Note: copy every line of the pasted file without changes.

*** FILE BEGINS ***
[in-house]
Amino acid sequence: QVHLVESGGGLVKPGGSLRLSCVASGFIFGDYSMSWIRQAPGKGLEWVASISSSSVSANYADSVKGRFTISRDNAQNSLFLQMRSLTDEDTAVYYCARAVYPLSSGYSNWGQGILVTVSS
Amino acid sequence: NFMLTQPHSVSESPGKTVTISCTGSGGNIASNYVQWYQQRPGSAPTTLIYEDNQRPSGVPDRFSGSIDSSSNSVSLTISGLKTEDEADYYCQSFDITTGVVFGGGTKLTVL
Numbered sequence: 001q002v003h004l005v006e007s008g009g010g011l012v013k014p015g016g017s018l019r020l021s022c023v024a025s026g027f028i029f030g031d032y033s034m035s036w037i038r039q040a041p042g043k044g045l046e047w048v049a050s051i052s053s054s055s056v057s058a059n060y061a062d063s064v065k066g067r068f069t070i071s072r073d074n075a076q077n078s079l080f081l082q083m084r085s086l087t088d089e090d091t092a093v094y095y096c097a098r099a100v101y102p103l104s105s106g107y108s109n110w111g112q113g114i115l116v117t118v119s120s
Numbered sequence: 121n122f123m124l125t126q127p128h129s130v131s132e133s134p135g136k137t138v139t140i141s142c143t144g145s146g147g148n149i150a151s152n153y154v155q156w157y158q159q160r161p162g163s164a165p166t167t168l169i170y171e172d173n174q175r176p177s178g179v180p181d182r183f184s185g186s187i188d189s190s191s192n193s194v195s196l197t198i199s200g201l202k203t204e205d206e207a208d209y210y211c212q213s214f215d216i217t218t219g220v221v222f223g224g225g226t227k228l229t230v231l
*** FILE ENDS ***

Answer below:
[in-house]
Amino acid sequence: QVHLVESGGGLVKPGGSLRLSCVASGFIFGDYSMSWIRQAPGKGLEWVASISSSSVSANYADSVKGRFTISRDNAQNSLFLQMRSLTDEDTAVYYCARAVYPLSSGYSNWGQGILVTVSS
Amino acid sequence: NFMLTQPHSVSESPGKTVTISCTGSGGNIASNYVQWYQQRPGSAPTTLIYEDNQRPSGVPDRFSGSIDSSSNSVSLTISGLKTEDEADYYCQSFDITTGVVFGGGTKLTVL
Numbered sequence: 001q002v003h004l005v006e007s008g009g010g011l012v013k014p015g016g017s018l019r020l021s022c023v024a025s026g027f028i029f030g031d032y033s034m035s036w037i038r039q040a041p042g043k044g045l046e047w048v049a050s051i052s053s054s055s056v057s058a059n060y061a062d063s064v065k066g067r068f069t070i071s072r073d074n075a076q077n078s079l080f081l082q083m084r085s086l087t088d089e090d091t092a093v094y095y096c097a098r099a100v101y102p103l104s105s106g107y108s109n110w111g112q113g114i115l116v117t118v119s120s
Numbered sequence: 121n122f123m124l125t126q127p128h129s130v131s132e133s134p135g136k137t138v139t140i141s142c143t144g145s146g147g148n149i150a151s152n153y154v155q156w157y158q159q160r161p162g163s164a165p166t167t168l169i170y171e172d173n174q175r176p177s178g179v180p181d182r183f184s185g186s187i188d189s190s191s192n193s194v195s196l197t198i199s200g201l202k203t204e205d206e207a208d209y210y211c212q213s214f215d216i217t218t219g220v221v222f223g224g225g226t227k228l229t230v231l